Earlier on in the event, ICICI executive director Vaidyanathan said that there was little doubt about the fact that in 15 years, by 2025, 290 million new consumers will move up from poor into the middle class of India. He says this will change the shape and the destiny of corporations across the country, across industries.
What's more, says Vaidyanathan, is that these 209 million will have another 100 million-strong 'youth brigade' accompanying it. This oncoming generation of consumers currently does not have any brand etched in their mind, which for corporations means that the race is still open. Vaidyanathan says that companies like ICICI now have the next 15 years to etch themselves on the minds of these consumers.
Guest of honour, consumer affairs Minister Sharad Pawar said that India has a consumer protection act and consumer courts to ensure that the consumer has recourse to his grievances. He said that 86 per cent of cases filed in these forums are resolved within six months, which has boosted consumer confidence, and they now view these forums as a strong way to get justice.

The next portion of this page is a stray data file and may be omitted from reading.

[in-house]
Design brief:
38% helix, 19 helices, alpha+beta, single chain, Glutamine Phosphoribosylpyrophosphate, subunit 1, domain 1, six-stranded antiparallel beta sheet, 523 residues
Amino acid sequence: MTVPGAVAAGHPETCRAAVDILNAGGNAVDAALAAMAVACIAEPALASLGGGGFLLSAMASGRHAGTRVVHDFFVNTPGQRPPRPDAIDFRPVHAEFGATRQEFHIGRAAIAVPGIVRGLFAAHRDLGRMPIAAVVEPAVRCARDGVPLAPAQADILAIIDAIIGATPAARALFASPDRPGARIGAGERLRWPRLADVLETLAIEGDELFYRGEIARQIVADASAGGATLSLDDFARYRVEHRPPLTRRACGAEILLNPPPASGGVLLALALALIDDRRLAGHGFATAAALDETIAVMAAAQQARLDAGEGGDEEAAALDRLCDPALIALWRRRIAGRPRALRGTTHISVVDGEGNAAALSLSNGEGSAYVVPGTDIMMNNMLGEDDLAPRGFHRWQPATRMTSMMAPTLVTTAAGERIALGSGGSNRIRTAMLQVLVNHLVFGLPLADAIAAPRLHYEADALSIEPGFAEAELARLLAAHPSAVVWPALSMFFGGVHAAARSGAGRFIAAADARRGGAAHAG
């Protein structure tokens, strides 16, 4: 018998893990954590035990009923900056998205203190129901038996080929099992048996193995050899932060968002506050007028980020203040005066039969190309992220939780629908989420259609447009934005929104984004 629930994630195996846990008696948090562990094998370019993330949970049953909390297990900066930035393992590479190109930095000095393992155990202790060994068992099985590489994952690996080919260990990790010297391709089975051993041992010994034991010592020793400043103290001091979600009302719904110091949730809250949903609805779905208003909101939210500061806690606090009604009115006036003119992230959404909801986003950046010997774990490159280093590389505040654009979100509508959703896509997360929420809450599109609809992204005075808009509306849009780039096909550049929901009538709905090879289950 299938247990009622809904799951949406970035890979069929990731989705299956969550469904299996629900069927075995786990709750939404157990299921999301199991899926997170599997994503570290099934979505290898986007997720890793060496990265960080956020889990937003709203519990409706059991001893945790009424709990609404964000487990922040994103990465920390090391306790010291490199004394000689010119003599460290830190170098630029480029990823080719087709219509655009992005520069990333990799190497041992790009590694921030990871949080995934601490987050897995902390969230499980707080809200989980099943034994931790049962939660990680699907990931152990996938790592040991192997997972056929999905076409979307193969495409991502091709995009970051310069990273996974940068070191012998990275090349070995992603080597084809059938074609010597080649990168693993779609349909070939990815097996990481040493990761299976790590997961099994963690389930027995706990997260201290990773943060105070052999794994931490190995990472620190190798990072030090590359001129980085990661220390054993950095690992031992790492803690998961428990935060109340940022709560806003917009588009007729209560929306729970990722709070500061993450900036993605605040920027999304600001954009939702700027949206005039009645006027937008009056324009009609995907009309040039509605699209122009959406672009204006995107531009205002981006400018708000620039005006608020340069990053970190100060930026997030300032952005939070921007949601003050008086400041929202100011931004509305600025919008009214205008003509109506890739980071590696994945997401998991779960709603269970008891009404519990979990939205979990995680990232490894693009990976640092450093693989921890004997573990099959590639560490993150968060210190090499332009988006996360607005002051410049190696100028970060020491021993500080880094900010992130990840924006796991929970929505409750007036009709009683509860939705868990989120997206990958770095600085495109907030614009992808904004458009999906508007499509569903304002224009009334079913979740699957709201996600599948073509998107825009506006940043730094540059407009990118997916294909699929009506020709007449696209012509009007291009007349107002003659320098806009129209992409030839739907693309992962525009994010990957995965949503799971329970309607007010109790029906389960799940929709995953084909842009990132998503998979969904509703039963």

Additionally, Pawar said, that the 'jago grahak jago' campaign launched in public interest has gone down well with the masses, and has succeeded in educating consumers across the country about their rights, which the ministry has been able to gauge though feedback received.
Pawar said that as brands, quality, consistency and the promise to the customer are three sacred things that ensure the customer faith and loyalty. He hoped that new ideas, products, concepts and services will take India forward in times to come.